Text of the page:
Surprisingly good is also the Shine Armor all in one product, which does a fabulous job on the black trim, and keeps it looking black longer than most of the back-to-black products. It's super easy to apply, with truly a spray and wipe/buff off, with no white residue, just a very slick feeling coating that lasts longer than traditional waxes. I've actually applied the Shine Armor over the TW Graphene paste, to build ceramic over the Graphene base coat.
 

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A little off topic... but if you are looking for a great tire protection product, check out Adam's Graphene Tire Spray w/ Applicator. A little goes a long way...about 6 drops a tire and the applicator helps get the stuff into all the sidewall grooves. The applicator also keeps it off your rims. The product doesn't leave the tire, keeping your cladding/wheelwells clean. You can also use it on any black trim too. For trim, just apply and remove any excess after a minute.

Going back to TW, they make a great wheel and tire cleaner. Hybrid Solutions Rapid Decon Wheel Cleaner. I use this stuff on my wife's OB with great results.
 

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I kind of agree. It depends if you asked for the car to be prepped or not. I took delivery of my car not prepped so I didn't have to remove waxes left from the detail the dealers do. When they remove that while plastic from the car's hood, roof, and wheels it will leave some adhesives behind. The dealer usually polishes that stuff out and the polish isn't the shop ready stuff. It usually is a 1 step polish with silcone in it. Dish soap, clean slate, or any soap without wax will help remove that with some elbow grease. Wash until the paint doesn't bead at all. I deconed the paint and found no iron, so a claybar or iron remover is pretty much pointless. You machine polish or hand polish with a very fine compound any scratches you find and it will help remove the adhesive too especially around the nose and roof (by the rails, windshield, and shark fin).
 

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I always use dish soap before sealing the finish.It removes old wax and the thick suds suspend and carry grit away. I wonder if a trip through an automatic car wash would remove adhesive residue from the plastic sheeting? Maybe the pre-soak or tire foam at a coin operated car wash would dissolve it enough to spray off. The idea of using polish on a flawless clearcoat to remove adhesive doesn't sit well with my mind.How tough is this stuff? I can't imagine no clearcoat safe solvent exists that will melt the glue so a pressure washer can spray it off or wcs a terry cloth bar mop can scrub it off. Forgive my ignorance,I'm trying to understand and thinking aloud.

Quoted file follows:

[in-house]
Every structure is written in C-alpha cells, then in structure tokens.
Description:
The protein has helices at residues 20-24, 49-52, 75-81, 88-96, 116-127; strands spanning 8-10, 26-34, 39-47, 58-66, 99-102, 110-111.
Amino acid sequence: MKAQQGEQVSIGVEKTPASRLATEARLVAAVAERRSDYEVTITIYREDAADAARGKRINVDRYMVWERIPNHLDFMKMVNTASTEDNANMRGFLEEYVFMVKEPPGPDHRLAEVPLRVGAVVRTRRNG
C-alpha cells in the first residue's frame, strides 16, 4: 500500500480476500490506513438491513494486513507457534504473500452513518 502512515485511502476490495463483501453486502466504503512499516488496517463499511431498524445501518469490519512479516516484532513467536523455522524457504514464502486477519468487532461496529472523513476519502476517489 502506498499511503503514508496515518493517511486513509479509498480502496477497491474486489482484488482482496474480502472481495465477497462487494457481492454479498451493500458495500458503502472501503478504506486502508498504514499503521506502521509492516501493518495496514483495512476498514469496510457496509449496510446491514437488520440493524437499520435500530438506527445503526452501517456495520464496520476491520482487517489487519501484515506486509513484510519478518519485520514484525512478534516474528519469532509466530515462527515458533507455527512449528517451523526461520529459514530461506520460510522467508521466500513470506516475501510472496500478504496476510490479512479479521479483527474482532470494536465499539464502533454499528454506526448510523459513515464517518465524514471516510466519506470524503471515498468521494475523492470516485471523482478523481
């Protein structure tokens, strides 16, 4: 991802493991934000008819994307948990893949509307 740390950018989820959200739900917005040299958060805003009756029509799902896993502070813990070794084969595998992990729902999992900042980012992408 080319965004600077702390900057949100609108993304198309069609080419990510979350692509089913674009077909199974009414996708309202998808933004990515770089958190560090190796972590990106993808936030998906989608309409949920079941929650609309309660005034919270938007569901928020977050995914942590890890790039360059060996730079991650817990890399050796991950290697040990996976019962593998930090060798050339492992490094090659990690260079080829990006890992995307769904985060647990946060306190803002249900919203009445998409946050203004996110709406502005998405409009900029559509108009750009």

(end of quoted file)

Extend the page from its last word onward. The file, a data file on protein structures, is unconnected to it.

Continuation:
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I always use dish soap before sealing the finish.It removes old wax and the thick suds suspend and carry grit away. I wonder if a trip through an automatic car wash would remove adhesive residue from the plastic sheeting? Maybe the pre-soak or tire foam at a coin operated car wash would dissolve it enough to spray off. The idea of using polish on a flawless clearcoat to remove adhesive doesn't sit well with my mind.How tough is this stuff? I can't imagine no clearcoat safe solvent exists that will melt the glue so a pressure washer can spray it off or wcs a terry cloth bar mop can scrub it off. Forgive my ignorance,I'm trying to understand and thinking aloud.
It's stronger than the adhesive of box tape, but less than duck tape. You're not going to wash it off, but a microfiber and some elbow grease will work. A little wax would speed up the removal, but then you'll have to remove the wax afterwards with surface prep. You can easily find the adhesive by running your fingers along the paint and it only left residue need the edges of the plastic sheets in my case, so you don't have to worry about the middle of the roof or hood. The sides and rear don't have any plastic from the factory to worry about. In my case, my new car had several scratches on the nose (close to the hood). They were near the plastic sheet so it could have been from applying the plastic or transit. I used a very finishing compound to get those out otherwise I would be stuck with those until the ceramic coat wore away in 5-7 years.